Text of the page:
Fragmentation of Bitcoin Community Begins after the Collapse of Mt. Gox and Secondmarket’s Wall Street Exchange Proposal

bitcoin wall streetvia chycho

A few comments regarding Bitcoin and the recent developments with Mt. Gox (2, 3, 4, 5, 6, 7, 8, 9) and the announcement that SecondMarket is stepping into the game and planning to launch the “first New York-based Bitcoin exchange” (emphasis added):

“SecondMarket CEO Barry Silbert says that he’s modeling it after the early days of The IntercontinentalExchange (ICE), and that he hopes to have a set of founding members in place by the end of March (i.e., a ‘seat’ model). These members are expected to include Wall Street banks and well-funded Bitcoin startups (think Circle and Coinbase). Non-member firms or individuals would not be allowed to trade — at least at the outset — but likely could do business via the member firms.

When Wall Street insiders announce that they are joining your game, but not allowing you to play on their field, which is what is implied with “Non-member firms or individuals would not be allowed to trade”, one should be concerned that the fundamental rules of the game may be changing, but, unfortunately, with fear running rampant within the Bitcoin community due to the collapse of Mt. Gox, many welcomed this news from SecondMarket.

For me, I shuddered when I read this announcement and in my opinion that should have been the reaction across the board, but it wasn’t. On the contrary, the prospect that a new exchange would put Bitcoin regulation in the hands of Wall Street bankers was largely dismissed:

“Multinational financial corporations helping shape Bitcoin’s evolution is a contentious prospect for many bitcoiners who spent years investing in the digital currency. To some, forsaking the anarcho-capitalist spirit that spawned Bitcoin feels apocryphal. But, to those who anticipate future calamity after the downfall of Mt. Gox, sacrificing Bitcoin’s decentralized nature in exchange for assurance and framework is a necessary, if not unavoidable evil.”

When the news about Secondmarket’s Wall Street exchange proposal came out some of us spent some time on a few threads trying to explain why this is a bad idea, but we didn’t get far. The common rebuttals to our comments were that we needed a stable market and this may require regulation through Wall Street insiders and involvement of big banks, and that’s when I shuddered again and slowly backed away.

[Continued at chycho]

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  • http://www.ContraControl.com/ Zenc

    Just as Chycho fears, this is an obvious ploy to co-opt Bitcoin with the intention of regulation and taxation or perhaps total destruction.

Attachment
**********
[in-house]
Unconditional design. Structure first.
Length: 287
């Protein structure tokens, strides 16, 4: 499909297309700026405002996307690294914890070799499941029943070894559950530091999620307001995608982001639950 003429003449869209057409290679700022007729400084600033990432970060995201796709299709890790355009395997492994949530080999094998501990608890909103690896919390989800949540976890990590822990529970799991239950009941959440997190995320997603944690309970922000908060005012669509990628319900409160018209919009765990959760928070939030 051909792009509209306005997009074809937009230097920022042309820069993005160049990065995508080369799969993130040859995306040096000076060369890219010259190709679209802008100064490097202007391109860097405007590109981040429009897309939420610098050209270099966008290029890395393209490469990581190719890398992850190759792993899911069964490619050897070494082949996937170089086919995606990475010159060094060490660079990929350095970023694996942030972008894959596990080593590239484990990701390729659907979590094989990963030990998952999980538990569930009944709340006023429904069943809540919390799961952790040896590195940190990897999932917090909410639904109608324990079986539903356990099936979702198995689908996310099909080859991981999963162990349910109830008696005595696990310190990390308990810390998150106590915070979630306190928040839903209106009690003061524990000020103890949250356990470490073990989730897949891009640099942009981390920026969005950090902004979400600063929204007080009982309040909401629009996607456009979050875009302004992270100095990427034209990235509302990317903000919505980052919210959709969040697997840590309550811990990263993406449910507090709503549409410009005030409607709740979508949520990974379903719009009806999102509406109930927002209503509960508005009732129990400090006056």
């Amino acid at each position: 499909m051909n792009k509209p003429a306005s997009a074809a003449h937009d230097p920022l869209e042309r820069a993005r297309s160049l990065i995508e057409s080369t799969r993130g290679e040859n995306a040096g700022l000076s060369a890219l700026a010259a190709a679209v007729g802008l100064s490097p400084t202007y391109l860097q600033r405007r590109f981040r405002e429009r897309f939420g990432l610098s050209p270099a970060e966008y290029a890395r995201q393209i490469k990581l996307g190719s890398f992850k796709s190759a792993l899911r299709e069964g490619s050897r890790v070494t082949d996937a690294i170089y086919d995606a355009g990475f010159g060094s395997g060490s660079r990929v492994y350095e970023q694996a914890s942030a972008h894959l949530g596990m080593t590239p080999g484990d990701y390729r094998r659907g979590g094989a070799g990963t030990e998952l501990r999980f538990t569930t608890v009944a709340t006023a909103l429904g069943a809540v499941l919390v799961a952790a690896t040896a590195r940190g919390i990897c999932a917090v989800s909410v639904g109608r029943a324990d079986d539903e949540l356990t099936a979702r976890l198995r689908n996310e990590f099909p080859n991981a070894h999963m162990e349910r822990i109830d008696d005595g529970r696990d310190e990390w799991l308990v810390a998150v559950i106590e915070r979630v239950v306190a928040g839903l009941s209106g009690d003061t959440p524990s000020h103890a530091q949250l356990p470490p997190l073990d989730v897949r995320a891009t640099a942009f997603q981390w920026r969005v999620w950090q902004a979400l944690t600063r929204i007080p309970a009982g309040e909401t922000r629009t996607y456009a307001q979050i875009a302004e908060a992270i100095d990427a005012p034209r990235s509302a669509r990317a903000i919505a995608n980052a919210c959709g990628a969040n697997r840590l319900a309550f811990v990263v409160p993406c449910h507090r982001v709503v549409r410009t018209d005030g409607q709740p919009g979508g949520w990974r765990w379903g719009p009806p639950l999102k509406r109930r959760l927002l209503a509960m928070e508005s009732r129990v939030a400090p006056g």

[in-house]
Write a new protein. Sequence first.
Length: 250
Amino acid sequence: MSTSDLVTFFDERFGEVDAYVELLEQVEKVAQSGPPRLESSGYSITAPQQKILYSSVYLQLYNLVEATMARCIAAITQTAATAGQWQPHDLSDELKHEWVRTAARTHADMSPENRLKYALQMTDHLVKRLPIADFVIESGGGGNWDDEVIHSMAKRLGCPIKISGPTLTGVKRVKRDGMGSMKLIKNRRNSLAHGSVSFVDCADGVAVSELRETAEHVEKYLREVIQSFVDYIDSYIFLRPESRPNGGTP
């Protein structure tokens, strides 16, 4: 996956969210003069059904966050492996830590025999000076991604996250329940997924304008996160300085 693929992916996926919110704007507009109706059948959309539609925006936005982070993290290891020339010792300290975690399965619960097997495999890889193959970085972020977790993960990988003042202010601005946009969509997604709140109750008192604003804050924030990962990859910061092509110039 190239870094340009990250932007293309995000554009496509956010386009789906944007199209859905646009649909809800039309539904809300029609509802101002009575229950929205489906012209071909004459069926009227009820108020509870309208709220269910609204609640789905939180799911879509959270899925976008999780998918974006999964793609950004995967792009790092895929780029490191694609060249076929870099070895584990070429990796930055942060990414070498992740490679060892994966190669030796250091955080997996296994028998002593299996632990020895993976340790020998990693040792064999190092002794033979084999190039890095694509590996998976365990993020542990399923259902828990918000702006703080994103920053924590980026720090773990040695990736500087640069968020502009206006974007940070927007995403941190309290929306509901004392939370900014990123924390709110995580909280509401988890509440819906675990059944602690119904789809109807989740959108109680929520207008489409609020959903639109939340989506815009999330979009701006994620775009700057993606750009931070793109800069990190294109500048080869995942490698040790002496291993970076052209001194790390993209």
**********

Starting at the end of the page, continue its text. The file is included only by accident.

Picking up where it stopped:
Bitcoin has amply demonstrated the practicability of crypto-currency, though I fear that it may not survive its own success.

    The Early Bird may get the worm, but the second Rat gets the cheese.

    Also, no discussion of Bitcoins is complete, without reference to Neal Stephenson’s “The Great Simoleon Caper”. http://kuoi.org/~kamikaze/Text/simoleon.html

  • Reasor

    I think it’s exciting that there are still people out there who can’t find the flaw in a financial system so deregulated that money can just move to the bank to some robber’s account, and the anonymity built into the system guarantees that no one will ever find out who the thief was if the system works as advertised. Hot damn, I wish I had got in on mining Bitcoin early so that I could sell it to the true believers now.

    • salviad

      > “Obviously, Wall Street’s interest in Bitcoin is that it’s a form of
      money laundering that will enable them to get away with more fuckery
      than they do now.”

      Agreed. I don’t think HSBC was very happy giving up 6 weeks of their income/profits as a fine for laundering money for drug cartels/terrorists/cia. Maybe bitcoin will protect that profit.

    • Sytallix

      First of all, there most certainly is too much regulation within the financial system. For you to even compete against Wall St you need to spend millions of dollars complying with all manner of regulations and licensing agreements. Clearly, this is a massive god-send to any TBTF bank as the money is negligible to them.

      Regulations also make it impossible for small time investors to get into the market, as the costs of complying with regulations for a small time client ($5-30k) will exceed the modest fees they would charge, leaving them with no financial expertise.

      Everything these banks do that is all ready illegal, they should be prosecuted for. However, adding even more regulations that further entrenches them (the TBFT’s) at the expense of those who would replace them and conduct honest business will only worsen the situation.

      Also, no one can just ‘take’ you bitcoins if you store them correctly, but Govt provided currency is constantly stolen from you, via taxes, inflation, deficit spending and soon to be ‘bail-ins’.

  • don77701

    Mt Gox had it’s chance, now get out of the way, it’s Wall street’s turn.

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